A model to design high-pressure processes towards an uniform temperature distribution
ABSTRACT A mathematical model has been developed to describe the phenomena of heat and mass transfer taking place during the high-pressure treatment of foods. It has proved that convection currents in the pressure medium play an important role in the thermal evolution of the processed samples especially when the filling ratio in the pressure vessel is low. This model shows to be an extremely useful toot to design high-pressure processes seeking a uniform temperature distribution. (c) 2006 Elsevier Ltd. All rights reserved.
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ABSTRACT: The present work is development of a simple method to evaluate the skin temperature and thermal diffusivity variations of regular shaped food products subjected to natural convection cooling at constant pressure. Experimental investigations were carried on the sample chosen (potato), which is approximately of spherical geometry. The variation of temperature within the food product is measured at several locations from center to skin, under natural convection environment using a deep freezer, maintained at -10°C. Skin temperature is obtained based extrapolation of temperature profile from center towards skin. Thermal diffusivity variation iscalculated using one-dimensional Fourier’s equation and is plotted against skin temperature of the product.
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ABSTRACT: Nowadays, consumers look for minimally processed, additive-free food products that maintain their organoleptic properties. This has promoted the develop-ment of new technologies for food processing. One emerging technology is high hydrostatic pressure, as it proves to be very effective in prolonging the shelf life of foods without losing its properties. Recent works have been done on the modelling and simulation of the effect of the combination of thermal and high pressure processes. These focus mainly on the inactivation that occurs during the process of certain enzymes and microorganisms that are harmful to food. Various mathematical models that study the behavior of these enzymes and microorganisms during and after the process have been proposed. Such models need as an input the temperature and pressure profiles of the whole process. In this work we present some of the existent two dimensional models to calculate the temperature profile for solid type foods and we propose a simplification to a one dimensional model. The temperature profile of the one dimensional model is calculated both numerically and analytically, and these solutions are compared to the resulting temperature profile of the two dimensional model. This dimensional reduction is reasonable to do in some cases, which are specified in this work.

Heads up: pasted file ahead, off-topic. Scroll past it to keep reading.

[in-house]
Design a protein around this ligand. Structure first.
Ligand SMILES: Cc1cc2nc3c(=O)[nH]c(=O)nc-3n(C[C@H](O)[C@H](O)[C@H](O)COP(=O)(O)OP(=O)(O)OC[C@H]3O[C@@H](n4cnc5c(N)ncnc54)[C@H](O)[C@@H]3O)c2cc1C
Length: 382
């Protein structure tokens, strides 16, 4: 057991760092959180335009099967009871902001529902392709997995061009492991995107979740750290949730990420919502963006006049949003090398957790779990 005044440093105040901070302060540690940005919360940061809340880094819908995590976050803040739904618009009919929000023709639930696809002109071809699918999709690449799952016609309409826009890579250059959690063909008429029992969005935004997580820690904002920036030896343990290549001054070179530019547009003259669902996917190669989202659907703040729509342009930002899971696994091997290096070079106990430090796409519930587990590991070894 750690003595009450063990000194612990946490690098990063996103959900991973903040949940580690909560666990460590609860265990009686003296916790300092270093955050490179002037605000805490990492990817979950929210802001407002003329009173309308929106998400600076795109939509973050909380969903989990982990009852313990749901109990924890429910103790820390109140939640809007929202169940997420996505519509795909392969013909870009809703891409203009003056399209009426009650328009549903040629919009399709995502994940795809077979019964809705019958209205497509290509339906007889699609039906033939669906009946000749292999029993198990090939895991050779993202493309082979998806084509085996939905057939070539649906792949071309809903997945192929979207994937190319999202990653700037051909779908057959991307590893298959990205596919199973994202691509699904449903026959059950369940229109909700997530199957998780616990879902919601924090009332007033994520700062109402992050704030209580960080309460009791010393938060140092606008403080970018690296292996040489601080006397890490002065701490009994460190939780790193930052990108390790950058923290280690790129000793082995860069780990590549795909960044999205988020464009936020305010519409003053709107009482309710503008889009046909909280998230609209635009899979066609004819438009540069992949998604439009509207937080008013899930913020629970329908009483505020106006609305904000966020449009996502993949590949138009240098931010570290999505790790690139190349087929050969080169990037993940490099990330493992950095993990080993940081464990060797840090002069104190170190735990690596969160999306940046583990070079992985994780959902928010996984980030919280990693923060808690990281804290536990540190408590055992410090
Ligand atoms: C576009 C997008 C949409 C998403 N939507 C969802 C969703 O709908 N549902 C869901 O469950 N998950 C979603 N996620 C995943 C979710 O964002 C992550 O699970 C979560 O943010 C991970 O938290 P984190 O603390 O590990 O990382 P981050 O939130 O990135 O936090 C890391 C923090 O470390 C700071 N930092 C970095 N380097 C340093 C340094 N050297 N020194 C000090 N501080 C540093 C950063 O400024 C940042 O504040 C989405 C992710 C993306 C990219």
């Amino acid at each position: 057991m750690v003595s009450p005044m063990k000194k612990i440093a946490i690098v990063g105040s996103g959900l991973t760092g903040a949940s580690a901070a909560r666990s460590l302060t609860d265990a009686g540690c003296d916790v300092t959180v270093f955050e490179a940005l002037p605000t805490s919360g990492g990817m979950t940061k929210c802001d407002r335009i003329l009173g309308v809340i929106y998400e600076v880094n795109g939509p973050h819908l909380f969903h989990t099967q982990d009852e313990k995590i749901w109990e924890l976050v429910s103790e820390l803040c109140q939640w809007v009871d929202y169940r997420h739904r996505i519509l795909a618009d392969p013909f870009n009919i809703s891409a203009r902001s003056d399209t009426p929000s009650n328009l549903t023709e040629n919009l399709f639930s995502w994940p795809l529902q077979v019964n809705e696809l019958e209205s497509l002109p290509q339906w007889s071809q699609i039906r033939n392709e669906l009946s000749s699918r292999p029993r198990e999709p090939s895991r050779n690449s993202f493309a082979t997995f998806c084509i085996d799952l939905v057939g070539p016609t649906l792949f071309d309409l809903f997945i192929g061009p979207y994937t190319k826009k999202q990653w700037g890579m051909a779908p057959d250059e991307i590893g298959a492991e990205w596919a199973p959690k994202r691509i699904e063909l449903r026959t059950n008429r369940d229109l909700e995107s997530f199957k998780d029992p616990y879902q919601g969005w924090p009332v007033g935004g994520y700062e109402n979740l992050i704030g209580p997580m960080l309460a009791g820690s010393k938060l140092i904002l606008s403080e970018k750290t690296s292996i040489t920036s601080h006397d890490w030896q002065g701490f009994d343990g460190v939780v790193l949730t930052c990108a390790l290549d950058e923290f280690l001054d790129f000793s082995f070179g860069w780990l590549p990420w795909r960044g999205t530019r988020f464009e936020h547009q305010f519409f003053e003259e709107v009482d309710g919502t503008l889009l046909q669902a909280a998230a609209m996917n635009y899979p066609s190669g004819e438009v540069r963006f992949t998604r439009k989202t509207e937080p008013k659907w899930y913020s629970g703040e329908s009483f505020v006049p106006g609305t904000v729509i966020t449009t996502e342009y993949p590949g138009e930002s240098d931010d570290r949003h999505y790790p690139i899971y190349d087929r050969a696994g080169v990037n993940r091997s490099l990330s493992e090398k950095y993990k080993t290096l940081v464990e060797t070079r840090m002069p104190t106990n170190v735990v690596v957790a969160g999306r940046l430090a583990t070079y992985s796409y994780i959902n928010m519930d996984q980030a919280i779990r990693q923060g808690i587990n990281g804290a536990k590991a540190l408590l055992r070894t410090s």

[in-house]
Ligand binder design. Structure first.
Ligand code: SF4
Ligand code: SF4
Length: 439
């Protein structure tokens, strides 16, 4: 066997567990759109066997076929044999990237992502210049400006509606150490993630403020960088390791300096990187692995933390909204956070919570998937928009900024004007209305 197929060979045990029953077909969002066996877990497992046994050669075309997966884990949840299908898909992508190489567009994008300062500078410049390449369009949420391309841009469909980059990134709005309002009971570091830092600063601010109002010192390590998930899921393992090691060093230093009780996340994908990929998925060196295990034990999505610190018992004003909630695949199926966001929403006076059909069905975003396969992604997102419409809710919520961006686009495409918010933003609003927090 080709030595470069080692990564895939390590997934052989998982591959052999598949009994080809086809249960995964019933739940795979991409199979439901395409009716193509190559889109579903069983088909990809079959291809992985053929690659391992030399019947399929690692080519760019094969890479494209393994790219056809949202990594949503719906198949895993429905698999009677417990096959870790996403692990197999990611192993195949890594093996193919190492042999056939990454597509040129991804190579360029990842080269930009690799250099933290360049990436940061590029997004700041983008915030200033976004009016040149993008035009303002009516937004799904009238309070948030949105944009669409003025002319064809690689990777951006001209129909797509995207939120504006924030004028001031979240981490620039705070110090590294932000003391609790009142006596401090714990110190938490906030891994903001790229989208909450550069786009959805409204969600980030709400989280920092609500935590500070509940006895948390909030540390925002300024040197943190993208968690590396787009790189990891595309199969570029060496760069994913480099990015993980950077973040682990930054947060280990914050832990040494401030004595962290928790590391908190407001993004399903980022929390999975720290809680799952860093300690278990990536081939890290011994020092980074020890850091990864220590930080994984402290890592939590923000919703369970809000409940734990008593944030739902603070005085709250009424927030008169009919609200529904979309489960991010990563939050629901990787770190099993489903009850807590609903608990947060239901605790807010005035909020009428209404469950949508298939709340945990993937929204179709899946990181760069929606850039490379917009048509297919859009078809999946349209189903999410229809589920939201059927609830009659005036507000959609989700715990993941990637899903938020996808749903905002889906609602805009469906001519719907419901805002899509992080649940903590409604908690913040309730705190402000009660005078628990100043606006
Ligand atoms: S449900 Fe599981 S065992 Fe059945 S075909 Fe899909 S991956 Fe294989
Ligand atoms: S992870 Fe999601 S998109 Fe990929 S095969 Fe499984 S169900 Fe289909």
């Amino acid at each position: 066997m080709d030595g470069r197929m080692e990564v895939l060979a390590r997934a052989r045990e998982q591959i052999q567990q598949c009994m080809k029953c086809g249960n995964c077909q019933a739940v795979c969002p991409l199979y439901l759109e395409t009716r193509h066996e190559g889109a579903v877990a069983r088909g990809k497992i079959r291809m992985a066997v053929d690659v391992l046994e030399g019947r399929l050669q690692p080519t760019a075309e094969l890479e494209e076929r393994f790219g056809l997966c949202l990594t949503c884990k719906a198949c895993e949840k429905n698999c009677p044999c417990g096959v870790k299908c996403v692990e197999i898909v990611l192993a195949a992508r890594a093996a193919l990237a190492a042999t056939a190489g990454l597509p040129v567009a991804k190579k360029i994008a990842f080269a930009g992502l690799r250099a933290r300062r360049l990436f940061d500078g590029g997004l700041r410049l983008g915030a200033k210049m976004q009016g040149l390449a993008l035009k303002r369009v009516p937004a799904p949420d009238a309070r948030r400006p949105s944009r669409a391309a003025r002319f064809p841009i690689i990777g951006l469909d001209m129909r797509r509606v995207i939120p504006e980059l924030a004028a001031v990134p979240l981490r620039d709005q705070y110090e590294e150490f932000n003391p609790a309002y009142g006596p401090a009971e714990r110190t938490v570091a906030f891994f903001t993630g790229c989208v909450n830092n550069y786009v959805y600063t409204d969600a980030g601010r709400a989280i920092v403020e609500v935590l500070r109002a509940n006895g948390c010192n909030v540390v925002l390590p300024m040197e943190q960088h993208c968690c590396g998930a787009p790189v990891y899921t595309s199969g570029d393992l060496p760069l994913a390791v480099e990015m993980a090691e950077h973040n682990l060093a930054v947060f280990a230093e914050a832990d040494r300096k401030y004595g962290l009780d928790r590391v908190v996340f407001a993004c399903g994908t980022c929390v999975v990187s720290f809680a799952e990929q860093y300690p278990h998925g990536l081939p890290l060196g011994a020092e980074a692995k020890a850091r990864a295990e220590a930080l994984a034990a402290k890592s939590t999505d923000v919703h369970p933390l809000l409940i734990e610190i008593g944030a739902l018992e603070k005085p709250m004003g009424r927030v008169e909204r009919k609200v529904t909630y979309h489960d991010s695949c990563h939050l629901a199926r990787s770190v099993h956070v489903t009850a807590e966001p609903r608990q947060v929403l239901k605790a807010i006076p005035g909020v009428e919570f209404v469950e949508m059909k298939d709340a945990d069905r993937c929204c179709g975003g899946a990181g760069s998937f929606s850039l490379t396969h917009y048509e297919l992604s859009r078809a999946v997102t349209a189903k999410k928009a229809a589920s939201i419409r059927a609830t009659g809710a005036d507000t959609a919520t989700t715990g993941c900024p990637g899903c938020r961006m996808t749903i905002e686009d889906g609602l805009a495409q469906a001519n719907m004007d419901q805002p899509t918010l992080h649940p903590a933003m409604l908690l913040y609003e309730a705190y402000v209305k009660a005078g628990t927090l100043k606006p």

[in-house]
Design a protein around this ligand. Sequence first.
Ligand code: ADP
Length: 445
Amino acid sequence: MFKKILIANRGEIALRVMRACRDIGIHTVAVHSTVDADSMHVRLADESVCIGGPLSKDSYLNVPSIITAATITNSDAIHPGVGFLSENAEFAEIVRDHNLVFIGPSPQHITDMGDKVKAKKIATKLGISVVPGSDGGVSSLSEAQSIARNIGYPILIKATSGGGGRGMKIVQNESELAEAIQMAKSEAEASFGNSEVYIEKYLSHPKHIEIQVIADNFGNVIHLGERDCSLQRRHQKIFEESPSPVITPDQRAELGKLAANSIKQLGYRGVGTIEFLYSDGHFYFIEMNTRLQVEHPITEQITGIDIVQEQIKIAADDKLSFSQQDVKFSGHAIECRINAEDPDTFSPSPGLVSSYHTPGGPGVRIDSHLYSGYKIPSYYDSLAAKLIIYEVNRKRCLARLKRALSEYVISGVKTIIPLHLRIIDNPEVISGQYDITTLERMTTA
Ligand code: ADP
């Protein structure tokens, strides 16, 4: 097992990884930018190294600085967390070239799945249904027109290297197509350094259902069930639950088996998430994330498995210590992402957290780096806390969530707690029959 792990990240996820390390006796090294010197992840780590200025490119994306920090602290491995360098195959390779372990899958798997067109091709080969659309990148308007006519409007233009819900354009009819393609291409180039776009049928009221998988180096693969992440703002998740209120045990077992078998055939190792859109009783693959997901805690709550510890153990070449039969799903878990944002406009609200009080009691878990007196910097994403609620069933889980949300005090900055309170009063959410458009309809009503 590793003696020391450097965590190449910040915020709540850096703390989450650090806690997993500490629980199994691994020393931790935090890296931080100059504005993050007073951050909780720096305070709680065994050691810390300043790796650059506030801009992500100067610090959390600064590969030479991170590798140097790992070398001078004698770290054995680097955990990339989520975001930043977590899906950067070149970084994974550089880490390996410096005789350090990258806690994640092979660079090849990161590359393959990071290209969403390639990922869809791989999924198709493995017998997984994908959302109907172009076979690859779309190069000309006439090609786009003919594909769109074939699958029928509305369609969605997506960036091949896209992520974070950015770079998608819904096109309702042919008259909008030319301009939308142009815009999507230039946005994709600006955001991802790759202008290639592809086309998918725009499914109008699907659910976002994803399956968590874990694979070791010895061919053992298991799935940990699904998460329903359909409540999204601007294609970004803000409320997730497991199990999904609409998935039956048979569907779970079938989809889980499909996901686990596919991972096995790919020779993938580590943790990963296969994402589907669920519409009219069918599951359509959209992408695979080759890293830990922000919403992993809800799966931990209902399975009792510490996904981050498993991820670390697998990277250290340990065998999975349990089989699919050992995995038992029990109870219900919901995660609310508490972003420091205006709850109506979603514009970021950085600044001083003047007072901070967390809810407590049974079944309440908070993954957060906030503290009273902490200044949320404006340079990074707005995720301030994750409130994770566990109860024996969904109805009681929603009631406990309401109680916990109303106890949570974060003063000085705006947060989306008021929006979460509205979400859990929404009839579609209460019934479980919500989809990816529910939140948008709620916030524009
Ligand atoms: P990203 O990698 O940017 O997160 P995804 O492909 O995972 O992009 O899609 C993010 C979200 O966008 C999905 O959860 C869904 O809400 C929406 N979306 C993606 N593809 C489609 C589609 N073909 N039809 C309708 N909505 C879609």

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ABSTRACT: Cooling is an important task in the food industry. Harvested agricultural produce is subjected to precooling before packaging, processing and transportation. Heat moves to surface of product in a mixed-mode of conduction and convection, and from surface to environment by convection. Therefore, estimation of thermal properties (like thermal diffusivity) is important to analyze heat transfer phenomena and design of refrigeration and processing equipments. This work presents a simple method to estimate thermal diffusivity variations of selected regular shaped food products subjected to natural convection cooling. Experimental investigations were carried out on fruits and vegetables. Samples chosen were melon, orange and potato (spherical) and bottle gourd (cylindrical). The experimental setup consists of a deep-freezer maintained at -10˚C and 1 atm. The variation of temperature within a product is measured along the radial direction using copper-constantan thermocouples. The output of thermocouples is read on a digital microvolt meter. The temperature of thermocouples was recorded at regular intervals of 5 minutes. Variation of surface temperature is obtained based on radial temperature profiles. Thermal diffusivity (α) variation is calculated for each time interval using one-dimensional Fourier's equation. Correlation for thermal diffusivity as a function of surface temperature is developed for each of the sample.The 3rd International Symposium on Processing of Foods, Vegetables and Fruits, The University of Nottingham Teaching Centre Level 2, Chulan Tower No 3 Jalan Conlay 50450 Kuala Lumpur, Malaysia; 08/2014